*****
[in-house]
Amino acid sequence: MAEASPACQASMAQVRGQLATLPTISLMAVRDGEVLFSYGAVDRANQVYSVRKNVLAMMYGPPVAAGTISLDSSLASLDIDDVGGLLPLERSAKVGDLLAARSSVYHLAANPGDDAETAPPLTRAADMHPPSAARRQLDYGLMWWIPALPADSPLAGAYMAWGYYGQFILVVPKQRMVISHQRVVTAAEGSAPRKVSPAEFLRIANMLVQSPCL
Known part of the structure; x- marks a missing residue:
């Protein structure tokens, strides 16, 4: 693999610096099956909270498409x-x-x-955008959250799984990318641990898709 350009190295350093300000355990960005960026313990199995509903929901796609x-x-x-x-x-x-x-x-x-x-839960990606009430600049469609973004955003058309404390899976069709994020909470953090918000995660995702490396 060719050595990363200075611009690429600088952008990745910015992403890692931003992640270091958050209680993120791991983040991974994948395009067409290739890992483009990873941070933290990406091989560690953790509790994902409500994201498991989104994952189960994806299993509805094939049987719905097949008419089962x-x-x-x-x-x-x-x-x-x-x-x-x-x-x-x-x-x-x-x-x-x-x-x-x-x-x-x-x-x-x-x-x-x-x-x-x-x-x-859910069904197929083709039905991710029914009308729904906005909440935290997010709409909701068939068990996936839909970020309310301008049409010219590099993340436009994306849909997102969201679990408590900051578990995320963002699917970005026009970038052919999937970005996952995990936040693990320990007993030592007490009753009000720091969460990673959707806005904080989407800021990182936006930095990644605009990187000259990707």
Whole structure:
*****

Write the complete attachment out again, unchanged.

[in-house]
Amino acid sequence: MAEASPACQASMAQVRGQLATLPTISLMAVRDGEVLFSYGAVDRANQVYSVRKNVLAMMYGPPVAAGTISLDSSLASLDIDDVGGLLPLERSAKVGDLLAARSSVYHLAANPGDDAETAPPLTRAADMHPPSAARRQLDYGLMWWIPALPADSPLAGAYMAWGYYGQFILVVPKQRMVISHQRVVTAAEGSAPRKVSPAEFLRIANMLVQSPCL
Known part of the structure; x- marks a missing residue:
């Protein structure tokens, strides 16, 4: 693999610096099956909270498409x-x-x-955008959250799984990318641990898709 350009190295350093300000355990960005960026313990199995509903929901796609x-x-x-x-x-x-x-x-x-x-839960990606009430600049469609973004955003058309404390899976069709994020909470953090918000995660995702490396 060719050595990363200075611009690429600088952008990745910015992403890692931003992640270091958050209680993120791991983040991974994948395009067409290739890992483009990873941070933290990406091989560690953790509790994902409500994201498991989104994952189960994806299993509805094939049987719905097949008419089962x-x-x-x-x-x-x-x-x-x-x-x-x-x-x-x-x-x-x-x-x-x-x-x-x-x-x-x-x-x-x-x-x-x-x-x-x-x-x-859910069904197929083709039905991710029914009308729904906005909440935290997010709409909701068939068990996936839909970020309310301008049409010219590099993340436009994306849909997102969201679990408590900051578990995320963002699917970005026009970038052919999937970005996952995990936040693990320990007993030592007490009753009000720091969460990673959707806005904080989407800021990182936006930095990644605009990187000259990707």
Whole structure: